Yeah, canadensis is univoltine and an obligate diapauser. They need winter to break diapause and have a second generation.
I suspect the late flight showed up in your region circa 2000 due to climate change. It’s about the same time cresphontes really expanded northward into Ontario and Quebec, which we chatted about earlier. Prior to that, cresphontes was pretty rare here. Now they are abundant.
Post by exoticimports on Oct 23, 2020 3:30:19 GMT -8
eurytides I thought some of the info in the paper would be new to you, but since you've read it, clearly your observations/ info includes the discussions presented in the paper.
So is the late flight in Vermont MST?
Both Hagen and Scribner (early 1990s) call the Finger Lakes (plus) region a "hybrid zone" with high levels of canadensis inbred; not surprisingly, this coincides with the all-yellow population (though at first I took this to mean MST before MST was recognized.) That said, when I've broached the topic, as I read it, you believe this population to have some archaic canadensis, but not really a 50/50 hybrid??
I just find the situation odd, aside from the question what is and where is MST. We have an all-yellow "race" boxed in by canadensis, apparently appalachiensis, and the dark female "race"; this all-yellow race has been, for decades, noted as being odd/ unusual/ questionably a hybrid. Yet, I see not much in the way of genetic and other studies done to compare it to the nominate dark female group to discern if it is a distinct ssp or race.
I find it interesting, since apparently I'm in the hotbed of all this, with arguably four different Tigers within a 2.5 hour drive.
Well, it's been a while and I'm sure some of the stuff in the paper would be new to me but I do recall the general ideas of the article.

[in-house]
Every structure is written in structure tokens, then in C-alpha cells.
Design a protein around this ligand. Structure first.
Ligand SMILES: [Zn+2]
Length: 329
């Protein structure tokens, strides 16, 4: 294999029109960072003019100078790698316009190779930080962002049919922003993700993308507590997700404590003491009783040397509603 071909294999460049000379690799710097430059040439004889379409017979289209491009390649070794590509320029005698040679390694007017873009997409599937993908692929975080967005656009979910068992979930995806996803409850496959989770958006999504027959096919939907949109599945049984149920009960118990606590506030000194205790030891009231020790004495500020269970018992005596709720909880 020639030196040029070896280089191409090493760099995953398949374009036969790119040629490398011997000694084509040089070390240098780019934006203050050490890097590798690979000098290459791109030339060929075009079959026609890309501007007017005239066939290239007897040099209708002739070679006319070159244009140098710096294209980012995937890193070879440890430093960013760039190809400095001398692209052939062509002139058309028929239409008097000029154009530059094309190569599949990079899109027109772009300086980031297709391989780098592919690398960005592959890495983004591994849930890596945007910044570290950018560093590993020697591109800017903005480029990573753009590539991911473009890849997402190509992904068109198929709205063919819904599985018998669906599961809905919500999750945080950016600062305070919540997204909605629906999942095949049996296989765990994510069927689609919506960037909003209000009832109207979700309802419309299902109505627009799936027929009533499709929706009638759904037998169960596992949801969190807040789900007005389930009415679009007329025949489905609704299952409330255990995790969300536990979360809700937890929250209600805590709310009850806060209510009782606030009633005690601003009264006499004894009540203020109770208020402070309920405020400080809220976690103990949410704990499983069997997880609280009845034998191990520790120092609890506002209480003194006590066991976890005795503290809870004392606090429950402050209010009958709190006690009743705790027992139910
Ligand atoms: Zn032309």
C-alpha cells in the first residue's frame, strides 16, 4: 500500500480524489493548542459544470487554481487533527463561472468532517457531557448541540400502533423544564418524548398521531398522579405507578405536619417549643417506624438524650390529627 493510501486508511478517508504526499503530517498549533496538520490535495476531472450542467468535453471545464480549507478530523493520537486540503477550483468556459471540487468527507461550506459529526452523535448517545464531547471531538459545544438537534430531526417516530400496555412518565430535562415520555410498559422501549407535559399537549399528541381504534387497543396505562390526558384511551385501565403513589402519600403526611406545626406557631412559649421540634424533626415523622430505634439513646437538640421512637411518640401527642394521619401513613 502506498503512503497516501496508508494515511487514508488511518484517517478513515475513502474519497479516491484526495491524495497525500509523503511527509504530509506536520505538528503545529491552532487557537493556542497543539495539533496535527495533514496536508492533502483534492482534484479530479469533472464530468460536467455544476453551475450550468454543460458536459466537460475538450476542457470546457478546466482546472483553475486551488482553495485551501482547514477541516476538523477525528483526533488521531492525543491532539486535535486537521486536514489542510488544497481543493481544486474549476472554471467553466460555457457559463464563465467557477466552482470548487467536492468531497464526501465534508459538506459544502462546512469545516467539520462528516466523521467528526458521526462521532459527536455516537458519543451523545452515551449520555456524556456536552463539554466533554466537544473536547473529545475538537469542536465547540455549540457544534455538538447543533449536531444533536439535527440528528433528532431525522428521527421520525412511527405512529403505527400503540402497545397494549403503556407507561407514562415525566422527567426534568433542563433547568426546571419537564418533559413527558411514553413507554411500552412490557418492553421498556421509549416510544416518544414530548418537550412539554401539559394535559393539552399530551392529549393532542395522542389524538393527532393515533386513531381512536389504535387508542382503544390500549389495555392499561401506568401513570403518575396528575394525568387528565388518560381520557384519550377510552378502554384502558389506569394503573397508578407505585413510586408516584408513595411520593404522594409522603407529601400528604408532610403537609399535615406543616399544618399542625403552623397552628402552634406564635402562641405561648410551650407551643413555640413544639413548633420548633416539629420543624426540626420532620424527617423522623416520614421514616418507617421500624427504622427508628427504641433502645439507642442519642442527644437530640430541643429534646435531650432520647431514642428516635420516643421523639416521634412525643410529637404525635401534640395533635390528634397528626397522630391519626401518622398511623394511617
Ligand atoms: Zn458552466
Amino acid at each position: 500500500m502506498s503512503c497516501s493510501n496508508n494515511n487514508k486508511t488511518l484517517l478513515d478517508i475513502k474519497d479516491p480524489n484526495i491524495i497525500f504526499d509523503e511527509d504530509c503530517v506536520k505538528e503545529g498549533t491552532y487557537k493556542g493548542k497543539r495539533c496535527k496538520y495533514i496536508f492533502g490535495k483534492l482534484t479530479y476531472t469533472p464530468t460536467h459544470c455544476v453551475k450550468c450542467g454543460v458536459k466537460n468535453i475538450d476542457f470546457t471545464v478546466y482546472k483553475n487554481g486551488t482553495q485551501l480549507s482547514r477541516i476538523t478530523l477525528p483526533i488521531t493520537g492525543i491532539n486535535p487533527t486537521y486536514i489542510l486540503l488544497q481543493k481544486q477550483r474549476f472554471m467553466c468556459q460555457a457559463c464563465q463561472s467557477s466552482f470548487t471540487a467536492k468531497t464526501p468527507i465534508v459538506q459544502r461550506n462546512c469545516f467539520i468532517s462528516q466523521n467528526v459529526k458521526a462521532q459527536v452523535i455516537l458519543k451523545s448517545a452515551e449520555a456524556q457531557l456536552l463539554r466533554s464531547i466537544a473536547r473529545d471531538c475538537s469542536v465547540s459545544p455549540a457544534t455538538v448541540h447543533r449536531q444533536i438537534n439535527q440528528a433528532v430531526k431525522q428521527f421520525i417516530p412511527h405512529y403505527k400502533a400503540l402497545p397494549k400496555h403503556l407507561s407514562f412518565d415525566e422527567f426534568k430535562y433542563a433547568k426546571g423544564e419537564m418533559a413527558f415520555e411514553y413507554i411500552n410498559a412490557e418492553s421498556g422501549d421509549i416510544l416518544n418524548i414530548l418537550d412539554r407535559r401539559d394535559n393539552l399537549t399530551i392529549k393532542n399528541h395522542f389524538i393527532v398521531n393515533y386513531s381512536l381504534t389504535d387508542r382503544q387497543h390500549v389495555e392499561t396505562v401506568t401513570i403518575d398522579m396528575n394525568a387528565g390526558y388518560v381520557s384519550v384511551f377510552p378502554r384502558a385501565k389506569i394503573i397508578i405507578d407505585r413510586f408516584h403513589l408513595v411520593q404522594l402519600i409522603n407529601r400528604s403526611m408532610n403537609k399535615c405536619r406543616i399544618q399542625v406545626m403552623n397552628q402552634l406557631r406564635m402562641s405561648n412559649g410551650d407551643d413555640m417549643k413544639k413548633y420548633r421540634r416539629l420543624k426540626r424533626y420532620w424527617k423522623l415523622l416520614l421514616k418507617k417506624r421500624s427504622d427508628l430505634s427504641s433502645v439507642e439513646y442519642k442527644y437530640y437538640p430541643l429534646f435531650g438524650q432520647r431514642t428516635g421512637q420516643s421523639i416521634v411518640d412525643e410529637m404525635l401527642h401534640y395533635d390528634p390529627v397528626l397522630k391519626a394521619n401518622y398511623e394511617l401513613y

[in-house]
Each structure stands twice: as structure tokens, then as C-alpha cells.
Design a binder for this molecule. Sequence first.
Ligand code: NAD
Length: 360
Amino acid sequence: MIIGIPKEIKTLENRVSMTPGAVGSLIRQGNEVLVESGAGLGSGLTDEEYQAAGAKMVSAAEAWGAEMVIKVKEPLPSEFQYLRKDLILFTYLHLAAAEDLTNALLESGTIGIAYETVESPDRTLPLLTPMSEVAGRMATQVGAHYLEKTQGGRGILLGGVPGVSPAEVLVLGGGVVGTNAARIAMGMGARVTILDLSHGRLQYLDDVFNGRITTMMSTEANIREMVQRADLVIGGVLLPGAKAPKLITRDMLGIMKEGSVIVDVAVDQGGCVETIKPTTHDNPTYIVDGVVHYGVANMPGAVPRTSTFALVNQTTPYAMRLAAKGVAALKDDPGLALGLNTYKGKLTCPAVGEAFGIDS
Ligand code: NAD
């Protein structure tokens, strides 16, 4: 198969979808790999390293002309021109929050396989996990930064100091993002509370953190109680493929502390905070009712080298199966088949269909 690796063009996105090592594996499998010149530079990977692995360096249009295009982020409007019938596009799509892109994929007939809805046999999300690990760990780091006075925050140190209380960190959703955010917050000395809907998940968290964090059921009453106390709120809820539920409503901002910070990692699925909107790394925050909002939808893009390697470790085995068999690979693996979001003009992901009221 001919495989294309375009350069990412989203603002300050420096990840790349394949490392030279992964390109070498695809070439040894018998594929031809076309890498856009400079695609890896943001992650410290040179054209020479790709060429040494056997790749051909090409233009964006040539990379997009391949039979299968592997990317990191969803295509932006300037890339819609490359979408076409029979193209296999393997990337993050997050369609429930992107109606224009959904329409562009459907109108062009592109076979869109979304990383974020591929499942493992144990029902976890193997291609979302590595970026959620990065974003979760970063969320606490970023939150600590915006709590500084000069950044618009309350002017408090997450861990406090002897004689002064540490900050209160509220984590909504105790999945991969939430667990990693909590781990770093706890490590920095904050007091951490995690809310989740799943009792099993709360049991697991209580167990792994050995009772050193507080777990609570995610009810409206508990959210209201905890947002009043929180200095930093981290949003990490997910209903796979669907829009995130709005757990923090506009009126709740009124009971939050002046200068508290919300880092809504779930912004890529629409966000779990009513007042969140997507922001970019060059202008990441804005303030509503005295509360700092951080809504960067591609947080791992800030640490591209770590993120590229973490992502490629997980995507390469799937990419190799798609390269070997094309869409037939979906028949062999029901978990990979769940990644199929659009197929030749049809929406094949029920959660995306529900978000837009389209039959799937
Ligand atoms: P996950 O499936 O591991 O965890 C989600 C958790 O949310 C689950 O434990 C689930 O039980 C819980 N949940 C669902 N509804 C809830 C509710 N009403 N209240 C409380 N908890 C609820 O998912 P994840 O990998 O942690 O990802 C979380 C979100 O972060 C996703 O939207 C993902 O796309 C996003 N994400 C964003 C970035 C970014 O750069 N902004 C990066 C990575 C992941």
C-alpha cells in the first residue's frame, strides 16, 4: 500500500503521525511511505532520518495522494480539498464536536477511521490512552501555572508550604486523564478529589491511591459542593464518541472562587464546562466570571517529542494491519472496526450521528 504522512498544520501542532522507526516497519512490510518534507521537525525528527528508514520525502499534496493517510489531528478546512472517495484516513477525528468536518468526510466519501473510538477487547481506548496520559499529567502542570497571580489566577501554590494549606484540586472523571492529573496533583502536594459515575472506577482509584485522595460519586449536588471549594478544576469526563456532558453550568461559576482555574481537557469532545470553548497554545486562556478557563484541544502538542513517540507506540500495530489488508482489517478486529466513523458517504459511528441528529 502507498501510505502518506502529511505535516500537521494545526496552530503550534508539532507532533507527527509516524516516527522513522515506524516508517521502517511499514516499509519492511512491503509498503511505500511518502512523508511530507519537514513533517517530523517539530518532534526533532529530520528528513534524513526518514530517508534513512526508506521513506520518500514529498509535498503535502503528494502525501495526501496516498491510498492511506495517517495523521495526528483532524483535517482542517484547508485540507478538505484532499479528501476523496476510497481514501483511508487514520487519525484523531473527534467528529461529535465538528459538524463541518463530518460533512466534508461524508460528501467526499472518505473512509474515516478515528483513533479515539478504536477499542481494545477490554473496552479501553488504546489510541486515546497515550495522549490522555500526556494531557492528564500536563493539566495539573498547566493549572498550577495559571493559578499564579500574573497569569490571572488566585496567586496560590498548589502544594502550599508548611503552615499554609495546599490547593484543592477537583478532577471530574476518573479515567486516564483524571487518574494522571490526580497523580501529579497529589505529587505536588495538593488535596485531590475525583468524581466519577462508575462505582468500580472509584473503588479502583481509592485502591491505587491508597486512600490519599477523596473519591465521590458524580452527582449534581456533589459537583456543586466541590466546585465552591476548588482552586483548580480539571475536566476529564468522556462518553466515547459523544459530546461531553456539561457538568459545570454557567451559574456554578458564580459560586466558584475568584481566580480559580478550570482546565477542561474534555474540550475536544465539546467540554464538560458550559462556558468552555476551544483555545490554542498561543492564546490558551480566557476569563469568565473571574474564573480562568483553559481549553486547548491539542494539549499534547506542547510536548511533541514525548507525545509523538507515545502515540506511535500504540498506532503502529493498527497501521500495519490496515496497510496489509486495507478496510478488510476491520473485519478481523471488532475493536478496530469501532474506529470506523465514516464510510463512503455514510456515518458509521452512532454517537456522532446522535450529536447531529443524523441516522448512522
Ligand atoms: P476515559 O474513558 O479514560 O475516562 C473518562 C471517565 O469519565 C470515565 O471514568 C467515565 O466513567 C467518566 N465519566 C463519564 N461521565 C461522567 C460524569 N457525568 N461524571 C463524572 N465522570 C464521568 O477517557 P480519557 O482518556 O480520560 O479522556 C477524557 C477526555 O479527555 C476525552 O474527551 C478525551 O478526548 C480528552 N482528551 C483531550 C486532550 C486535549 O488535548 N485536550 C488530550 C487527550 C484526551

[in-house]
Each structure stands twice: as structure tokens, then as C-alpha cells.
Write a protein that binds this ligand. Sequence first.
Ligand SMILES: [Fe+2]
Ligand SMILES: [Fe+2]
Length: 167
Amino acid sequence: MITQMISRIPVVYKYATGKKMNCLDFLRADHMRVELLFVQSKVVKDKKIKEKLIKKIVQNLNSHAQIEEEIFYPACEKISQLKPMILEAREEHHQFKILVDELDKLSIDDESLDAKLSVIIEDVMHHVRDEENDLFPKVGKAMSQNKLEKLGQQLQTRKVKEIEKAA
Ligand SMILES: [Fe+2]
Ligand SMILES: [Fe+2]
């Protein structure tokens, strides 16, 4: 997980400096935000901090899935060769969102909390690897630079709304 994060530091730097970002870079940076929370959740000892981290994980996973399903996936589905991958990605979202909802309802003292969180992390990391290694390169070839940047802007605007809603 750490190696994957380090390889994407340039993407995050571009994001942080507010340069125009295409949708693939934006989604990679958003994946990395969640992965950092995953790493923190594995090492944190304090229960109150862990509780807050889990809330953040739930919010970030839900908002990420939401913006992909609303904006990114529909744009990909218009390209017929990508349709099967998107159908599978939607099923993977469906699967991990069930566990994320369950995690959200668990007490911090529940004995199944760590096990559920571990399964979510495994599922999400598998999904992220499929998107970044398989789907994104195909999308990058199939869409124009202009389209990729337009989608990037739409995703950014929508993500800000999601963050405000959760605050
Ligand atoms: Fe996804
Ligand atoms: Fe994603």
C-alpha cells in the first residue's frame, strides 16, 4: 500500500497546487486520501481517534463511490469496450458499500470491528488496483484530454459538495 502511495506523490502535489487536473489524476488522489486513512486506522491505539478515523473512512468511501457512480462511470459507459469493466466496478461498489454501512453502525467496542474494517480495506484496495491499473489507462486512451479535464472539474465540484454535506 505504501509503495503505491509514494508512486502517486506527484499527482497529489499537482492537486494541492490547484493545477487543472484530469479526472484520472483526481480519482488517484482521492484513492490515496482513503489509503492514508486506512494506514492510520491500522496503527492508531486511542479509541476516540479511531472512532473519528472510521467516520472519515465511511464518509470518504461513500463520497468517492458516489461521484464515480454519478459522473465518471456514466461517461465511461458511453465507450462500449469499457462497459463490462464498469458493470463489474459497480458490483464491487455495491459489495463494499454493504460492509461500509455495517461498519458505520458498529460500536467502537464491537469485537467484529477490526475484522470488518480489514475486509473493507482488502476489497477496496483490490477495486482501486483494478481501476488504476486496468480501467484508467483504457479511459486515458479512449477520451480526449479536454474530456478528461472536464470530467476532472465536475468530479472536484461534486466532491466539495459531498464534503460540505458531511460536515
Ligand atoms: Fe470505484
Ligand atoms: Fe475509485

MST is such a new concept. I don't think we know its range of if it's "one thing" or multiple. I would guess Vermont has MST. My understanding of the situation is that the tigers you see in May and June are glaucus with some genetic introgression from canadensis. I think this was discussed in a paper earlier in the thread. This is why spring form glaucus has canadensis-like features. The false second generation, or MST as we call it now, is the non 50/50 weird mix of canadensis and glaucus. I don't think it's 50/50 because it clearly occurs in areas where no F1 is possible because there is no glaucus. Like, you can see them in the Ottawa region in Ontario, and glaucus definitely isn't that up north. Where are the glaucus parents to provide the 50%?
I'm unsure if the "yellow race" glaucus coincides exactly with the region where "spring form" glaucus occurs. If so, the lack of the melanic females is likely due to some gene flow from canadensis as well as lack of mimic models up north (like Limenitis arthemis astyanax). I think one of the previous papers posted in this thread also addressed that. Now, the question is, does that make it a subspecies? Here, it depends on your personal preference. I think because this trait is clinal, most legit taxonomists would hesitate to say it's a different race. Color morphs also have no taxonomic status under current nomenclature rules as I understand them.